Senate Minority Leader Mitch McConnell (KY) suggested that each Republican senator’s impeach vote is a matter of conscience. Also, he hinted that senators who disputed the trial’s constitutionality should still vote to convict the former president. This is according to a few sources familiar with the Minority Leader’s thinking.
Meanwhile, the Republican senator has yet to make up his mind on how he’ll vote. Previously, McConnell was among the GOP senators who voted “unconstitutional” as Trump already left office.
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Different from the Last Impeachment
During former President Donald Trump’s first impeachment, McConnell declared from the start that he didn’t consider himself an impartial juror. This time, Trump’s impeachment complaint is happening in a Senate featuring a Democrat majority. However, the majority remains razor-thin. The Senate has an equal member of Republicans and Democrats (Independents caucus with Dems). Democrats do hold the tiebreaker, with Vice President Kamala Harris holding the tiebreaker.
The current impeachment trial favors Trump, as a conviction will require a two-thirds majority to uphold. This means that apart from all 50 Democrats voting for “guilty,” an additional 17 Republicans should cross party lines and vote the same. At this point, getting 17 Republicans remains highly unlikely. The most Democrats managed to get are six Republican votes during last Tuesday’s debate. It questioned the constitutionality of the trial given Trump’s status as a former President. This suggests that most GOP senators won’t dare vote against the party’s stand.
The Impeach Vote is a Matter of Conscience
McConnell, in a leadership meeting Monday night, repeated his suggestion that the impeach vote is a matter of conscience. “We’re all going to listen to what the lawyers have to say and making the arguments and work our way through it,” he said to the media.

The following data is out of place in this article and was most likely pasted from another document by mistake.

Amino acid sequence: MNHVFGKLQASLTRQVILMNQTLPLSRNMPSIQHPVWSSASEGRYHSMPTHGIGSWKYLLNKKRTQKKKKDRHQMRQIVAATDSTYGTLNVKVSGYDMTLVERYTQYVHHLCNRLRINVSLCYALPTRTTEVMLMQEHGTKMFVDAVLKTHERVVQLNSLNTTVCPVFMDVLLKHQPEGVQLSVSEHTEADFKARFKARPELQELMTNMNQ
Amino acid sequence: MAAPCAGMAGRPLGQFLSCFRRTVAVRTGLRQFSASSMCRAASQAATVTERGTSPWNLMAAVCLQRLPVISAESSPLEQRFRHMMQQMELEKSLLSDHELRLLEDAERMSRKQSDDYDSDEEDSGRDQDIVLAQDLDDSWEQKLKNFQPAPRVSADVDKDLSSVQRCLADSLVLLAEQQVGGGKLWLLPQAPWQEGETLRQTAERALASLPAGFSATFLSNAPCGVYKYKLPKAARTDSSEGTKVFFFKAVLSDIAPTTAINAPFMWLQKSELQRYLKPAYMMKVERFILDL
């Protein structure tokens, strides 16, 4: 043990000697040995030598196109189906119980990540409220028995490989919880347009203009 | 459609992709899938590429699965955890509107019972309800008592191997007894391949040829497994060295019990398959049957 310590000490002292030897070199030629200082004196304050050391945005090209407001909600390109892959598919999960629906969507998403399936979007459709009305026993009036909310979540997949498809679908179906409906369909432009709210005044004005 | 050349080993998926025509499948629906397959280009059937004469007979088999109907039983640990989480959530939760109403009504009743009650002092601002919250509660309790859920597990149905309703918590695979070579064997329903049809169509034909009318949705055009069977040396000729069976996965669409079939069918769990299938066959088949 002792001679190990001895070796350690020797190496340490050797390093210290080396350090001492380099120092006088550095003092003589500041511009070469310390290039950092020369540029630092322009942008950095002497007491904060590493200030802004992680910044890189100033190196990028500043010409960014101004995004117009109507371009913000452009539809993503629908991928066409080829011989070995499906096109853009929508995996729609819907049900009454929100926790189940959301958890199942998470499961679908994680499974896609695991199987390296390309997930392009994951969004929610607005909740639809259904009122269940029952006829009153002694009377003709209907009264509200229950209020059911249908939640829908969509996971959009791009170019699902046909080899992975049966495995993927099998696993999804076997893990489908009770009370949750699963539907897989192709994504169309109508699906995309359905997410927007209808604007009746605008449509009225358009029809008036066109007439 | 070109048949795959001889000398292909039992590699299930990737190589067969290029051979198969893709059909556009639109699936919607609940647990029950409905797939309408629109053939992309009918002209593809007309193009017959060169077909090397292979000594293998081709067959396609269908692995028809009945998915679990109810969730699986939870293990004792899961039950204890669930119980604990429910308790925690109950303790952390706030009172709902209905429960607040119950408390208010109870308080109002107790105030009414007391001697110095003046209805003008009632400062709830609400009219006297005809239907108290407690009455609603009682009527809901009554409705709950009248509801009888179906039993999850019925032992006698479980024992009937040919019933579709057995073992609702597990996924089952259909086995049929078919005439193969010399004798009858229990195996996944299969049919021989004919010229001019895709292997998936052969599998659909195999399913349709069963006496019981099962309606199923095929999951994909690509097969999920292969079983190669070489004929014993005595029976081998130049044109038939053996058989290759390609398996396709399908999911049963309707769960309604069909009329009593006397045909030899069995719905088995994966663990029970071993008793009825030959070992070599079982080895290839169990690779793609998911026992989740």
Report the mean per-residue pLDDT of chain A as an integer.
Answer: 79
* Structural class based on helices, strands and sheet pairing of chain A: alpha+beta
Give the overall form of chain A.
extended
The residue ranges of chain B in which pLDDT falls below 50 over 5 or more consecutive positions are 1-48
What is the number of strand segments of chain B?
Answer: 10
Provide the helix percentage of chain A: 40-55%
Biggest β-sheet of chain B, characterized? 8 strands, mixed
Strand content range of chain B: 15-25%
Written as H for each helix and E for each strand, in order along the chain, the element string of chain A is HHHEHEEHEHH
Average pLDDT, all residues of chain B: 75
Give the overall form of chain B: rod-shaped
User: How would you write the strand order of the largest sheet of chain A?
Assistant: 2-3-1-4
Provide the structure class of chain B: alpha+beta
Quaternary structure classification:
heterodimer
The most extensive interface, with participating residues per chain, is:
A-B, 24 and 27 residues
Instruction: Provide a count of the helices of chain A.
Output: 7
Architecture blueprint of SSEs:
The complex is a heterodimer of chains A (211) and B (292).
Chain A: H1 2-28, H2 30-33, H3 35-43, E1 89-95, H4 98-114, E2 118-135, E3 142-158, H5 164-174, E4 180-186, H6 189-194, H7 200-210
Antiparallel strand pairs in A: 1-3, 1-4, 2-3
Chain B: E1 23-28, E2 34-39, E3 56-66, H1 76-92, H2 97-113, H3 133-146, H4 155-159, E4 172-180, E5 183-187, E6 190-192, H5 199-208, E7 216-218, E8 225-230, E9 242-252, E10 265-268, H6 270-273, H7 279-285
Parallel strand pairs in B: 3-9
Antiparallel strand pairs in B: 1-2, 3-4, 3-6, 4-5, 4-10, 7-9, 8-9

Already, the votes changed for at least one Republican. Senator Bill Cassidy (LA) joined five earlier GOP senators in voting along with Democrats. The other five senators, Susan Collins (ME), Lisa Murkowski (AK), Mitt Romney (UT), Ben Sasse (NE), and Pat Toomey (PA) also voted with Democrats on Senator Rand Paul’s (R-KY) point of order regarding the trial’s constitutionality. After the Senate votes, Cassidy explained his vote. “The House managers were focused, they were organized … they made a compelling argument. President Trump’s team, they were disorganized. … One side is doing a great job and the other side is doing a terrible job. … As an impartial juror, I’m going to vote for the side that did a good job,” he said. Previously, Cassidy voted “unconstitutional” during Rand’s point of order.
McConnell Won’t Whip the Vote
Analysts say that McConnell asking party mates to vote according to their conscience is easy. According to the Intelligencer, all it means is that the Minority leader won’t ask Senators to toe the line and whip the vote. At present, there is no need to make trial votes a party matter in need of an exercise in discipline. However, he doesn’t have to. In the case of the impeachment trial, McConnell has yet to indicate there are possible movements similar to Cassidy’s decision.
Watch the Bloomberg Quicktake news video where Senate Minority Leader Mitch McConnell tells Republican senators that their Impeach vote is a matter of conscience:
What do you think it means when McConnell said that Senators should vote as a matter of conscience? Do you think it means they can go their own ways to decide? Or, is it just political speak that requires voluntarily toeing the line? Share your comments in the comment section below and tell us how you feel about this.